Music of the Repressed Russian Avant-Garde, 1900-1929

By Larry Sitsky | Go to book overview

1

Historical Background: Anatoliy V. Lunacharsky, the Cultured Commissar

It is almost axiomatic that the history of Russian music is constituted by the conflict of ideas from within and without, the influence from abroad and the reaction to that influence. Much of the nineteenth century, especially its later years, was taken up by the battle between ideas: the forces of conservatism and Western thought, epitomized by Anton and Nicholas Rubinstein, against the formation of a new nationalistic Russian school of composition vigorously promoted by the "Mighty Five" led by Mily Balakirev . By the end of the century, a synthesis had taken place: the educational and professional reforms of the Rubinstein brothers were firmly in place, as were the reputations of composers like Modeste Moussorgsky, Aleksandr Borodin, and Nikolai Rimsky-Korsakov.

Russian composers were generally leftist in their politics. They welcomed the 1917 revolution (though not necessarily the Bolsheviks, who were largely an unknown quantity), and were outraged at the massacre that occurred during the abortive 1905 revolution. They were, as a group, patriotic, and saw the people and folk music as a rich source of their inspiration. Few, of course, were totally resistant to Western thought, and quite a number subscribed to the dictum of "art for art's sake." The "World of Art" group, for example, existed from 1899 to 1922. Thus, the seeds for dissention were sown very early, and were to have tragic consequences during the first years of the October Revolution.

On the other hand, the authorities, whether Tsarist or Soviet, well understood the power of art and artists, and exercised censorship with whatever rationalization was currently feasible. They did not hesitate to repress and exile artists, and in this respect there was little difference between the two regimes. Eventually, however, the Soviet rule far outstripped its predecessor in its viciousness. Like the Tsarists, they knew that the intelligentsia harbored freethinkers, but they were willing to go to undreamed of lengths to repress such thought. In the end, the fact that most composers may have welcomed the change of revolution made little difference.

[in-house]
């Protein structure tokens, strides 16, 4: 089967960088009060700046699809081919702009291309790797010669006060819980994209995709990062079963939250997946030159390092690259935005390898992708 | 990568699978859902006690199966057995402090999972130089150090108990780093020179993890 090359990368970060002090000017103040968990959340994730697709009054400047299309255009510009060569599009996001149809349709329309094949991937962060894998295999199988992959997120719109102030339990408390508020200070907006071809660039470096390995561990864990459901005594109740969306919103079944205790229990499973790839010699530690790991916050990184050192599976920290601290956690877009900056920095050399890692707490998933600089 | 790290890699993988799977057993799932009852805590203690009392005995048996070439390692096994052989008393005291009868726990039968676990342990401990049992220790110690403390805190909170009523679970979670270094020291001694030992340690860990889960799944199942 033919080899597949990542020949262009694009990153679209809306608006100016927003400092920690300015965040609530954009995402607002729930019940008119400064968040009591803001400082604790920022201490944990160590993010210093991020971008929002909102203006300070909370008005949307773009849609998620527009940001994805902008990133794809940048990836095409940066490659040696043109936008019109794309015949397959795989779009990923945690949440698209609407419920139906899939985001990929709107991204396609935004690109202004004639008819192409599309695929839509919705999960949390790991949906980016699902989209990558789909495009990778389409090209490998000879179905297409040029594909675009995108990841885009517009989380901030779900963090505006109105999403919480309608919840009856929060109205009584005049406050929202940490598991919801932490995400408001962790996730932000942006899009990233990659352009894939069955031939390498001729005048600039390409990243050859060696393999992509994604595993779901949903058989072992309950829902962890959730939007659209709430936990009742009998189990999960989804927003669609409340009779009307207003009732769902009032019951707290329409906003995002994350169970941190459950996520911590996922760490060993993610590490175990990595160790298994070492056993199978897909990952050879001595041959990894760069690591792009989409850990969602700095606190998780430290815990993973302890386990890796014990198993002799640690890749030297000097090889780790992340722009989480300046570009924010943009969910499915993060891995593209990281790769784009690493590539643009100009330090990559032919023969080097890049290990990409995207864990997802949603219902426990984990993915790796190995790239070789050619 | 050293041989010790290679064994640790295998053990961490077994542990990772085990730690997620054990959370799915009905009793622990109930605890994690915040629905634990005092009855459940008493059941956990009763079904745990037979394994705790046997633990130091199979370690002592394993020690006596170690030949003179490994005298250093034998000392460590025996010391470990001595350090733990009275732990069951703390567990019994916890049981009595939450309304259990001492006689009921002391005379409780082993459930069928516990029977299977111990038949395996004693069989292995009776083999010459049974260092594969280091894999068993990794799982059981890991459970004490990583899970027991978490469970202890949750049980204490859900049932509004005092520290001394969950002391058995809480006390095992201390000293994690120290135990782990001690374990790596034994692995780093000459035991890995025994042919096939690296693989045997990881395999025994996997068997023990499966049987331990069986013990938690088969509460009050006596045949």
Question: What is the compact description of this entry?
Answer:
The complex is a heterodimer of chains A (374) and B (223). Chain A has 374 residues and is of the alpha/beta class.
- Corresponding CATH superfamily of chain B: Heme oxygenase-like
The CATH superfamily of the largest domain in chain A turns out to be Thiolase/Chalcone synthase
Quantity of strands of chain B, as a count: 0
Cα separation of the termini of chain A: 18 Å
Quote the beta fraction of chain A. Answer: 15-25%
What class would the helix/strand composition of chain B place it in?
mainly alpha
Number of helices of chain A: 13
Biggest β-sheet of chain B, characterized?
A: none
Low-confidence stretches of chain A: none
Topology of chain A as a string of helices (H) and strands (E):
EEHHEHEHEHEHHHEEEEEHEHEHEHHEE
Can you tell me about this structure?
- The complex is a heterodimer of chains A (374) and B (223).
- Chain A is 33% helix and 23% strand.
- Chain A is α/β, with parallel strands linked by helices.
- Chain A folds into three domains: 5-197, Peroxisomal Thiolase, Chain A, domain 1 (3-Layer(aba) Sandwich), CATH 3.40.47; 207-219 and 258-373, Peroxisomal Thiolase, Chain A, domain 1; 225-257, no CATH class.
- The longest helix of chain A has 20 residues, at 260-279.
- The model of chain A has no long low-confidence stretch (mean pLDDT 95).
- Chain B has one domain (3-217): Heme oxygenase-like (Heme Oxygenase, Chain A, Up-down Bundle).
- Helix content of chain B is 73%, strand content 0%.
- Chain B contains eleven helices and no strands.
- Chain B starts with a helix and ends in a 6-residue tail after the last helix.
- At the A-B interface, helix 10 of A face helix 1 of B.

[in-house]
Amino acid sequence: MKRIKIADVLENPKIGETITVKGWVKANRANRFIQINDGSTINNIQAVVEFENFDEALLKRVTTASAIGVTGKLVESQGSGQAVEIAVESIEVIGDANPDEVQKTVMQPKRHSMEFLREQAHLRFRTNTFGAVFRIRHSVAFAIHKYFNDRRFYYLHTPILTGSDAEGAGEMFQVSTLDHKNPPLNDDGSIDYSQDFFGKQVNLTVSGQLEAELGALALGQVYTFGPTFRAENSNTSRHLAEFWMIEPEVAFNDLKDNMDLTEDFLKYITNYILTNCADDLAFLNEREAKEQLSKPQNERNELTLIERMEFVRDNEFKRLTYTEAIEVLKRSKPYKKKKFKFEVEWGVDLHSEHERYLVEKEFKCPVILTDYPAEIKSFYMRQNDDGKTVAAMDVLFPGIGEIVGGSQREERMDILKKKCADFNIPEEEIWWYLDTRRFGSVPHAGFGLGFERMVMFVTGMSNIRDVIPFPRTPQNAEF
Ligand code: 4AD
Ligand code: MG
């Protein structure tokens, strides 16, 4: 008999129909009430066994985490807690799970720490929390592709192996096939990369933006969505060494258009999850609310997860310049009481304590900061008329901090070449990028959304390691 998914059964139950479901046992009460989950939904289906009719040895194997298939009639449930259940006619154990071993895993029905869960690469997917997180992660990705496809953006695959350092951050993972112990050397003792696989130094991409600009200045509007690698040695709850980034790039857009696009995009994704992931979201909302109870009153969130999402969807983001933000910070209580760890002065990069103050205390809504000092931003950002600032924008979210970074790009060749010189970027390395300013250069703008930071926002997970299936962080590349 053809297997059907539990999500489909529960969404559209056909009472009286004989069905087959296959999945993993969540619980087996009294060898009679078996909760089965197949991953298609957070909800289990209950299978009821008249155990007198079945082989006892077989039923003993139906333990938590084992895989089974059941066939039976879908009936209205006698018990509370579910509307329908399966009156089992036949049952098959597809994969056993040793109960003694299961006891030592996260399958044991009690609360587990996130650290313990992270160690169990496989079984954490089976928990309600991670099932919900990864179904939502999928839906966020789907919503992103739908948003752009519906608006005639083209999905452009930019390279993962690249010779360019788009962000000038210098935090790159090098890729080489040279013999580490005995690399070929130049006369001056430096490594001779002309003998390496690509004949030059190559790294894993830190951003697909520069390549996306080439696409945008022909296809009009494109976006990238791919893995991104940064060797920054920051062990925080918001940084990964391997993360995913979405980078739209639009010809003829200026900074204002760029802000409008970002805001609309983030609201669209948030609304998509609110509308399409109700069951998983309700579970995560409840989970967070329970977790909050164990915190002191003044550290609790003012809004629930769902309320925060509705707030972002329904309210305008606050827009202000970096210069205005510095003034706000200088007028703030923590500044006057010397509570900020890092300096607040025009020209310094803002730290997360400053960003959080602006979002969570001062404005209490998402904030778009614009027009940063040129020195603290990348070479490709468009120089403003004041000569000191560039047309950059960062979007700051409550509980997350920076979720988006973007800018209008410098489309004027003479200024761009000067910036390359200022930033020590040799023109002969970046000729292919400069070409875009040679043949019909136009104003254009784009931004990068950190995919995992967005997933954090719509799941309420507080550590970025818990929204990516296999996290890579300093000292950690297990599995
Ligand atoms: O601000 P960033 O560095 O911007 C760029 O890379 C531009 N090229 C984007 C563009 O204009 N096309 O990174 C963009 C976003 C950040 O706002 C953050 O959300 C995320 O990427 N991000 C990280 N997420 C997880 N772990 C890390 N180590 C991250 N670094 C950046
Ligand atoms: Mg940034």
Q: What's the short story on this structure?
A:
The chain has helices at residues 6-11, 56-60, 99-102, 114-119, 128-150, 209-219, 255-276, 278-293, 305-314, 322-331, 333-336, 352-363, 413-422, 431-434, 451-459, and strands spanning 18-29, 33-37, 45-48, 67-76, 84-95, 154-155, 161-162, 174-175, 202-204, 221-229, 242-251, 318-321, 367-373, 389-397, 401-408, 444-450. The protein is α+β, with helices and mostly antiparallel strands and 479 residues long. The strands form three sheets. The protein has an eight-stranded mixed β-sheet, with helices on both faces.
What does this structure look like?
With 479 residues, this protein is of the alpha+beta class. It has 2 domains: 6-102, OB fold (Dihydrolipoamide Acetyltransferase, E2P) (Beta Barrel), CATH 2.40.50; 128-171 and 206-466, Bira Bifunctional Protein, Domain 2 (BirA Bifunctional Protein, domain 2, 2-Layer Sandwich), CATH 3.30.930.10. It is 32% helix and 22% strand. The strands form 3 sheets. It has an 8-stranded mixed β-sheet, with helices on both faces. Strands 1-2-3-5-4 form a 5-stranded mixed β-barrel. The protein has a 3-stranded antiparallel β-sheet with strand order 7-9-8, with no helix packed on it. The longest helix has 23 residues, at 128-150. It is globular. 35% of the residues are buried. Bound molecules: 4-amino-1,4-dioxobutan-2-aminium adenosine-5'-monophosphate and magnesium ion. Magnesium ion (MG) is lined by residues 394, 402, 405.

Lenin appointed the first Commissar for Public Education on October 26, 1917. The appointee's name was Anatoliy Vasilievich Lunacharsky. Lunacharsky was an extraordinary man, in many ways the single-handed architect of this whole period of musical creativity. Born in Poltava on November 11, 1875, his cultural interests

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Music of the Repressed Russian Avant-Garde, 1900-1929
Table of contents

Table of contents

  • Title Page iii
  • Contents v
  • Preface ix
  • Abbreviations xiii
  • Acknowledgments xv
  • 1 1
  • Bibliography 7
  • Part I - The Precursors 10
  • 2 - Vladimir I. Rebikov: The Inventor of Whole-Tone Music 10
  • Bibliography 25
  • 3: Aleksei V. Stanchinskiy 27
  • Part II - The Big Three 38
  • 4 - Nikolai A. Roslavets: The Russian Schoenberg 38
  • Bibliography 58
  • 5: Aleksandr V. Mosolov 60
  • 6: Arthur V. Lourié 87
  • Part III - The Smaller Five 111
  • 7 - Leonid A. Polovinkin: The Partial Avant-Gardist 111
  • Bibliography 132
  • 8 - Vladimir V. Shcherbachev: Old Wine in New Vessels 133
  • 9: Lev K. Knipper 149
  • 10: Boris N. Liatoshinski 158
  • 11 - Vladimir M. Deshevov: The Man of the Theater 171
  • Part IV - The Reluctant Avant-Gardists 183
  • 12 - Samuil E. Feinberg: The Post-Scriabin Pianist 183
  • Bibliography 198
  • 13: Anatoliy N. Aleksandrov 199
  • 14 - Boris A. Aleksandrov: Son of the Composer of the Soviet Anthem 216
  • Part V 217
  • 15: Aleksandr A. Krein 219
  • 16 - Grigoriy A. Krein: Toward Assimilation 225
  • Bibliography 229
  • 17 - Yulian G. Krein: Precocious Cosmopolitan 235
  • 18 - The Ukrainian Bartók and Bloch 241
  • 19: Mikhail F. Gnessin 242
  • Part VI 248
  • 20 248
  • 21: Nikolai Obukhov 254
  • 22: Iosif M. Schillinger 264
  • 23: Aleksandr N. Tcherepnine 273
  • Part VII 283
  • 24 283
  • 25: Leonid L. Sabaneev 291
  • 26 - Dmitriy M. Melkikh: Rhapsodist 309
  • 27: Gavrill N. Popov 310
  • 28: Aleksei S. Zhivotov 318
  • 29: Efim Golyshchev 323
  • 30 - Georgi M. Rimsky-Korsakov: Microtonist 328
  • Appendix: Further Scores for Study and Reference 329
  • Index 343
  • About the Author 349
  • Recent Titles in Contributions to the Study of Music and Dance 351
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